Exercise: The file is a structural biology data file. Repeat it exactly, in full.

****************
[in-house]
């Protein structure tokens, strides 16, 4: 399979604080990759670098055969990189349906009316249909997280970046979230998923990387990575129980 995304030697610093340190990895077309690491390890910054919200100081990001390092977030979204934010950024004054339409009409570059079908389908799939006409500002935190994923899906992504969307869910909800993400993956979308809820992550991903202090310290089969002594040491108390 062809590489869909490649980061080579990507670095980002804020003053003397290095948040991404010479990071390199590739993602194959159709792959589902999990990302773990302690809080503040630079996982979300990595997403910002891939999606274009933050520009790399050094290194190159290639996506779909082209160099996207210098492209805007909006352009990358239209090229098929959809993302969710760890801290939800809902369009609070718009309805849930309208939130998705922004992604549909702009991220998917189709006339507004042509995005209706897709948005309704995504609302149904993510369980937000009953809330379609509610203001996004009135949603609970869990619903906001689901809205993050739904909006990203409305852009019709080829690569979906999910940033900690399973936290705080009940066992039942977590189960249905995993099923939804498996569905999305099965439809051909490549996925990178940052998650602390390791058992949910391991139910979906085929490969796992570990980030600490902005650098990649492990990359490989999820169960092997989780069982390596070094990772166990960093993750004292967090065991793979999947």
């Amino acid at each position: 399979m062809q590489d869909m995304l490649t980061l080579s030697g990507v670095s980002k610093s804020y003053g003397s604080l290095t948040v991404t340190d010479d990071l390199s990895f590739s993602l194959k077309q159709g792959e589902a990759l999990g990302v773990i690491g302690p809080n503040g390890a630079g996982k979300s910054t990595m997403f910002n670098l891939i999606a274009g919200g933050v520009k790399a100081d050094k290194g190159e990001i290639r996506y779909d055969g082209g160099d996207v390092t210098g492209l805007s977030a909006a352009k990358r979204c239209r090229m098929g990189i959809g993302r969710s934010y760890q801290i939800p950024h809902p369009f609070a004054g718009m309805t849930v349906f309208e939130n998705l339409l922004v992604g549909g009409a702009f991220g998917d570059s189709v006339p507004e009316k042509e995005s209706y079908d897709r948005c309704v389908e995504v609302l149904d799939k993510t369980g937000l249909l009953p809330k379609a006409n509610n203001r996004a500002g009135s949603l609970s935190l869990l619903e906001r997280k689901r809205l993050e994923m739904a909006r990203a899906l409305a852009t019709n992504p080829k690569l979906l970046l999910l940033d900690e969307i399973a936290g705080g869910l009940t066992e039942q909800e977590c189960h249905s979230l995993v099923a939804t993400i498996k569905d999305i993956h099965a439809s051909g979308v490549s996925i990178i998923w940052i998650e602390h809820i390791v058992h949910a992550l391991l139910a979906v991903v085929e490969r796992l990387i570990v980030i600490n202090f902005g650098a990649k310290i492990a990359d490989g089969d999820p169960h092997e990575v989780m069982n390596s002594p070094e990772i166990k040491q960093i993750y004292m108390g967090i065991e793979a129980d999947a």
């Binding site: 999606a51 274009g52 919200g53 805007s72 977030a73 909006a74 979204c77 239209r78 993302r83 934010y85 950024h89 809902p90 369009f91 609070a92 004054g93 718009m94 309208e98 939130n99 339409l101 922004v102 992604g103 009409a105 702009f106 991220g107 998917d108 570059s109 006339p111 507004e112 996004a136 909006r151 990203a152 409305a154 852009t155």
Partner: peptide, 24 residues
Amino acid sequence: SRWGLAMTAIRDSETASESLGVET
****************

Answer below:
[in-house]
């Protein structure tokens, strides 16, 4: 399979604080990759670098055969990189349906009316249909997280970046979230998923990387990575129980 995304030697610093340190990895077309690491390890910054919200100081990001390092977030979204934010950024004054339409009409570059079908389908799939006409500002935190994923899906992504969307869910909800993400993956979308809820992550991903202090310290089969002594040491108390 062809590489869909490649980061080579990507670095980002804020003053003397290095948040991404010479990071390199590739993602194959159709792959589902999990990302773990302690809080503040630079996982979300990595997403910002891939999606274009933050520009790399050094290194190159290639996506779909082209160099996207210098492209805007909006352009990358239209090229098929959809993302969710760890801290939800809902369009609070718009309805849930309208939130998705922004992604549909702009991220998917189709006339507004042509995005209706897709948005309704995504609302149904993510369980937000009953809330379609509610203001996004009135949603609970869990619903906001689901809205993050739904909006990203409305852009019709080829690569979906999910940033900690399973936290705080009940066992039942977590189960249905995993099923939804498996569905999305099965439809051909490549996925990178940052998650602390390791058992949910391991139910979906085929490969796992570990980030600490902005650098990649492990990359490989999820169960092997989780069982390596070094990772166990960093993750004292967090065991793979999947």
């Amino acid at each position: 399979m062809q590489d869909m995304l490649t980061l080579s030697g990507v670095s980002k610093s804020y003053g003397s604080l290095t948040v991404t340190d010479d990071l390199s990895f590739s993602l194959k077309q159709g792959e589902a990759l999990g990302v773990i690491g302690p809080n503040g390890a630079g996982k979300s910054t990595m997403f910002n670098l891939i999606a274009g919200g933050v520009k790399a100081d050094k290194g190159e990001i290639r996506y779909d055969g082209g160099d996207v390092t210098g492209l805007s977030a909006a352009k990358r979204c239209r090229m098929g990189i959809g993302r969710s934010y760890q801290i939800p950024h809902p369009f609070a004054g718009m309805t849930v349906f309208e939130n998705l339409l922004v992604g549909g009409a702009f991220g998917d570059s189709v006339p507004e009316k042509e995005s209706y079908d897709r948005c309704v389908e995504v609302l149904d799939k993510t369980g937000l249909l009953p809330k379609a006409n509610n203001r996004a500002g009135s949603l609970s935190l869990l619903e906001r997280k689901r809205l993050e994923m739904a909006r990203a899906l409305a852009t019709n992504p080829k690569l979906l970046l999910l940033d900690e969307i399973a936290g705080g869910l009940t066992e039942q909800e977590c189960h249905s979230l995993v099923a939804t993400i498996k569905d999305i993956h099965a439809s051909g979308v490549s996925i990178i998923w940052i998650e602390h809820i390791v058992h949910a992550l391991l139910a979906v991903v085929e490969r796992l990387i570990v980030i600490n202090f902005g650098a990649k310290i492990a990359d490989g089969d999820p169960h092997e990575v989780m069982n390596s002594p070094e990772i166990k040491q960093i993750y004292m108390g967090i065991e793979a129980d999947a």
């Binding site: 999606a51 274009g52 919200g53 805007s72 977030a73 909006a74 979204c77 239209r78 993302r83 934010y85 950024h89 809902p90 369009f91 609070a92 004054g93 718009m94 309208e98 939130n99 339409l101 922004v102 992604g103 009409a105 702009f106 991220g107 998917d108 570059s109 006339p111 507004e112 996004a136 909006r151 990203a152 409305a154 852009t155």
Partner: peptide, 24 residues
Amino acid sequence: SRWGLAMTAIRDSETASESLGVET